❶ Women's Perfume In Fashion History

❶ Women's Perfume In Fashion History
❶ Women's Perfume In Fashion History

Video: ❶ Women's Perfume In Fashion History

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Women's perfume in fashion history
Women's perfume in fashion history

The end of the 1860s can be considered the birth date of perfumery. It was then that the masters learned to synthesize artificial aromas and create unusual compositions. But the perfume industry reached its true heyday in the last century. This period also saw the boom in fashion houses. Every decade brought something new to women's perfume, perfume trends changed as quickly as fashion for clothes. Location: Location: In the late nineteenth and early twentieth century, uncomplicated mono aromas of rose, violet, jasmine and lilac reigned in perfumery. Sensual amber and patchouli are out of fashion. Ladies chose their favorite scent and remained faithful to it throughout their lives - this is exactly what the rules of good taste demanded. However, already in those days there were innovators offering unusual and complex compositions. Such are, for example,"Imperial Water" from the Guerlain house or "The Empress's Favorite Bouquet" from the Russian perfumer Brocard.

At the beginning of the twentieth century, the creations of the house of Kochi came into fashion. The perfumer offers new floral scents, such as clove or cyclamen notes. The bottles are transformed into real works of art, decorated with rich decor. Perfume houses, competing with each other, release more and more new samples of perfumes and cosmetics. At this time, the best examples of the houses of Guerlain, Ubigan were created, as well as the first fragrances from Gabrielle Chanel.

The famous “No. 5” from Chanel became the most famous perfume of the decade. Unusual aldehyde notes make them completely innovative and very modern, while tones of powder and precious natural oils give the fragrance classic notes. In the twenties, other iconic fragrances appeared that still sell well today.

In the thirties, new fragrances entered the perfume scene. Restrained and laconic costumes are in fashion in combination with fresh and harsh perfumes with hints of moss, fern and precious woods. In a duet with dryish and fresh notes, amber and musk, which have returned from oblivion, perform, which are becoming very popular.

Post-war fashion awaits a real coup proposed by Christian Dior. Women dress in romantic dresses with wide skirts and tight bodices, hats and fitted coats. The delicate aromas of lily of the valley, violets, roses and white lilac are in perfect harmony with the feminine image. Mono fragrances and flower bouquets are back in fashion. Gift sets that combine perfume, cologne, soap and powder with similar scents are in great demand.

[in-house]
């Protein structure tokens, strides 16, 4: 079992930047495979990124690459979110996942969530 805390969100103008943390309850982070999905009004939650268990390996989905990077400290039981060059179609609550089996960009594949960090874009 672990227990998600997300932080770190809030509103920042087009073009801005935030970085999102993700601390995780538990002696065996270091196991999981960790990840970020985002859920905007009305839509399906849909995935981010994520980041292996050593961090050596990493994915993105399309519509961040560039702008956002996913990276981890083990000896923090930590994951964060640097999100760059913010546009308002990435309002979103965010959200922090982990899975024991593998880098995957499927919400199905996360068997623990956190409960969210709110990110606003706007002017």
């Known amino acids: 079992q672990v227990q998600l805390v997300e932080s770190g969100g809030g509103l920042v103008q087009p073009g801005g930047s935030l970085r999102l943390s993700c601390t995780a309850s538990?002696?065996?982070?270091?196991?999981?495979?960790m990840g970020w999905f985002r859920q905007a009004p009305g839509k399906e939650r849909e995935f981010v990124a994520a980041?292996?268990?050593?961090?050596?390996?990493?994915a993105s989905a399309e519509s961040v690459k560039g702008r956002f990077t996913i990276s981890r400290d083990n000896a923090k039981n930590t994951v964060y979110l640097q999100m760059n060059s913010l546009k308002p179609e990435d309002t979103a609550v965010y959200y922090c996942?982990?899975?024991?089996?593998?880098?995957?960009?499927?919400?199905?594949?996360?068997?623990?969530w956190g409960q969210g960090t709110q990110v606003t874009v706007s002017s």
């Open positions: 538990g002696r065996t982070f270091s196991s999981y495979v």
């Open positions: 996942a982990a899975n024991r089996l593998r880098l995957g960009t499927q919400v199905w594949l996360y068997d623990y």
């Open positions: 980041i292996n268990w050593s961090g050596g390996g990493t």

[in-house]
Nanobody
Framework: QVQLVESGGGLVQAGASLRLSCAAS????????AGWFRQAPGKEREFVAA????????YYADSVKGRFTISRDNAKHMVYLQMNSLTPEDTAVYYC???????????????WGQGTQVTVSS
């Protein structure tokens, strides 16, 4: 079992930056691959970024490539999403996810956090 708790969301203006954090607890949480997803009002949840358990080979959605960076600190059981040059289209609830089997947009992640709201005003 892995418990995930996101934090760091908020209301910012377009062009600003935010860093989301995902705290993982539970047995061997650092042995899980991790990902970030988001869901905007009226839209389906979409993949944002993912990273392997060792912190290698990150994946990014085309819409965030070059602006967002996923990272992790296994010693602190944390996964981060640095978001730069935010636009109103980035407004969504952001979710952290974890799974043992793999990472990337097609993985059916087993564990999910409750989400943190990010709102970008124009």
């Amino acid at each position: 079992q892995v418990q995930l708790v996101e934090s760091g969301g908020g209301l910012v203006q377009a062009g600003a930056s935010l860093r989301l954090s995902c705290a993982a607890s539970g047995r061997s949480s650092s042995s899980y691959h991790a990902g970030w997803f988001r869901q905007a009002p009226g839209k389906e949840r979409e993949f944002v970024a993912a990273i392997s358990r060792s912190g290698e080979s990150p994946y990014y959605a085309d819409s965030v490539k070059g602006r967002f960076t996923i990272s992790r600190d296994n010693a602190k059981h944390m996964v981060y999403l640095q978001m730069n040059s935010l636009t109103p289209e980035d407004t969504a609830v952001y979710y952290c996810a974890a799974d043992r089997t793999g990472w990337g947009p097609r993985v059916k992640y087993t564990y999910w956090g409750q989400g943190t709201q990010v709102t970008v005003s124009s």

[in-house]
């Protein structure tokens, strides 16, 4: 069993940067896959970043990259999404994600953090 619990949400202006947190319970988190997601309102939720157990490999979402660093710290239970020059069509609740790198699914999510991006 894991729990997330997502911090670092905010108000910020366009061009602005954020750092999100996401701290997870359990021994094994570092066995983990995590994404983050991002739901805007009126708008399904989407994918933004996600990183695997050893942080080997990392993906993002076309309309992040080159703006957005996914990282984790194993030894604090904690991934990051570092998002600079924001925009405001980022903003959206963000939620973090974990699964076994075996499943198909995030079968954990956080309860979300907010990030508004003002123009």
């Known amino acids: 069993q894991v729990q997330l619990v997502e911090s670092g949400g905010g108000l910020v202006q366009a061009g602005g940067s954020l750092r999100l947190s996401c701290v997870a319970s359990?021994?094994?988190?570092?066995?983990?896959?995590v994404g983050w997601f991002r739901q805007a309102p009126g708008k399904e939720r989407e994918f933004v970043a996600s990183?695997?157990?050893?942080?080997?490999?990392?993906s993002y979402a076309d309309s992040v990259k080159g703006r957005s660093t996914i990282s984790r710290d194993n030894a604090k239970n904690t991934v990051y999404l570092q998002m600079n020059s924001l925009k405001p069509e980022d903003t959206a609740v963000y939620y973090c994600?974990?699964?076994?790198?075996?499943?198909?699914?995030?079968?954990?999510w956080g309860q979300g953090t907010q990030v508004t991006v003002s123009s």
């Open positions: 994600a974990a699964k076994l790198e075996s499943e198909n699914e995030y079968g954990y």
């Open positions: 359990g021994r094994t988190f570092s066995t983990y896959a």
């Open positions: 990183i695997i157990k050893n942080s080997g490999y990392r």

In the next decade, fashion takes another turn. The first unisex fragrances hit the stage, pairing perfectly with mini skirts and bright colors. Shades of greenery, white flowers and wood are popular. Perfumers actively offer exotic scents with notes of tobacco and fruit - a great idea for the hippie era.

The seventies are famous for the resurgence of the popularity of harsh aldehyde and green notes. But the eighties are enveloped in the stuffy aroma of amber, patchouli, musk and precious woods. The floral theme features dark tuberose, sweet jasmine and earthy notes of iris. It is in this range that the fashionable creations of Paloma Picasso and the house of Dior are sustained.

By the end of the century, a new revolution awaits perfumery. Unusual shades of ozone and sea water are in fashion - fresh, transparent and original. Japanese perfumers such as Issey Miyake offer their finds. The fashion for fresh ozone fragrances will last for a decade. However, it is readily quoted today - fresh smells from time to time become a trend. However, they are unlikely to be able to repeat the success of their triumphant market entry.

The beginning of a new century is a time of endless replicas. Perfume and fashion houses quote themselves, releasing all kinds of versions of their own bestsellers. As if in response to the facelessness of mass perfumery, rare niche fragrances appear from small perfumery companies, designed for a narrow circle of connoisseurs. New items refer to old recipes, recreate the smells of forest, sea sand, chocolate, clean linen. The price for such creations is high, but the number of fans of unusual perfumes is growing, as is the number of proposals. Today, niche perfumery has become a fairly profitable and stable business that is unlikely to leave the fashion scene.

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